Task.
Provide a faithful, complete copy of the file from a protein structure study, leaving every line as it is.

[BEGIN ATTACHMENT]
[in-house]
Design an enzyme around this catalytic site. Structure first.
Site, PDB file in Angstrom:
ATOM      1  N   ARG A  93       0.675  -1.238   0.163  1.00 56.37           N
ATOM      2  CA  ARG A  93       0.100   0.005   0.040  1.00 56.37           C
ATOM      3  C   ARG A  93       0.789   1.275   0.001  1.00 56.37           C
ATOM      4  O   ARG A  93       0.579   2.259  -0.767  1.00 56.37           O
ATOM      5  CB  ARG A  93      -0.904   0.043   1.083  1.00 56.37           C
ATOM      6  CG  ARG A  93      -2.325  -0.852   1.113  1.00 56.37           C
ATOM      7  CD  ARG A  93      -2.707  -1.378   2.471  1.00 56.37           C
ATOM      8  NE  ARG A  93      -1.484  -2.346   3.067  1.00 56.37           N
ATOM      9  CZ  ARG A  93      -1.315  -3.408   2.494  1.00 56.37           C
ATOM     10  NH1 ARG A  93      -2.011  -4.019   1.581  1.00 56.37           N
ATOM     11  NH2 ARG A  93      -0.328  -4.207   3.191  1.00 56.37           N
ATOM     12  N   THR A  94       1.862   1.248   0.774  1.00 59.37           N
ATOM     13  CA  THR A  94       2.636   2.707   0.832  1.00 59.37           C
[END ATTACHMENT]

[in-house]
Design an enzyme around this catalytic site. Structure first.
Site, PDB file in Angstrom:
ATOM      1  N   ARG A  93       0.675  -1.238   0.163  1.00 56.37           N
ATOM      2  CA  ARG A  93       0.100   0.005   0.040  1.00 56.37           C
ATOM      3  C   ARG A  93       0.789   1.275   0.001  1.00 56.37           C
ATOM      4  O   ARG A  93       0.579   2.259  -0.767  1.00 56.37           O
ATOM      5  CB  ARG A  93      -0.904   0.043   1.083  1.00 56.37           C
ATOM      6  CG  ARG A  93      -2.325  -0.852   1.113  1.00 56.37           C
ATOM      7  CD  ARG A  93      -2.707  -1.378   2.471  1.00 56.37           C
ATOM      8  NE  ARG A  93      -1.484  -2.346   3.067  1.00 56.37           N
ATOM      9  CZ  ARG A  93      -1.315  -3.408   2.494  1.00 56.37           C
ATOM     10  NH1 ARG A  93      -2.011  -4.019   1.581  1.00 56.37           N
ATOM     11  NH2 ARG A  93      -0.328  -4.207   3.191  1.00 56.37           N
ATOM     12  N   THR A  94       1.862   1.248   0.774  1.00 59.37           N
ATOM     13  CA  THR A  94       2.636   2.707   0.832  1.00 59.37           C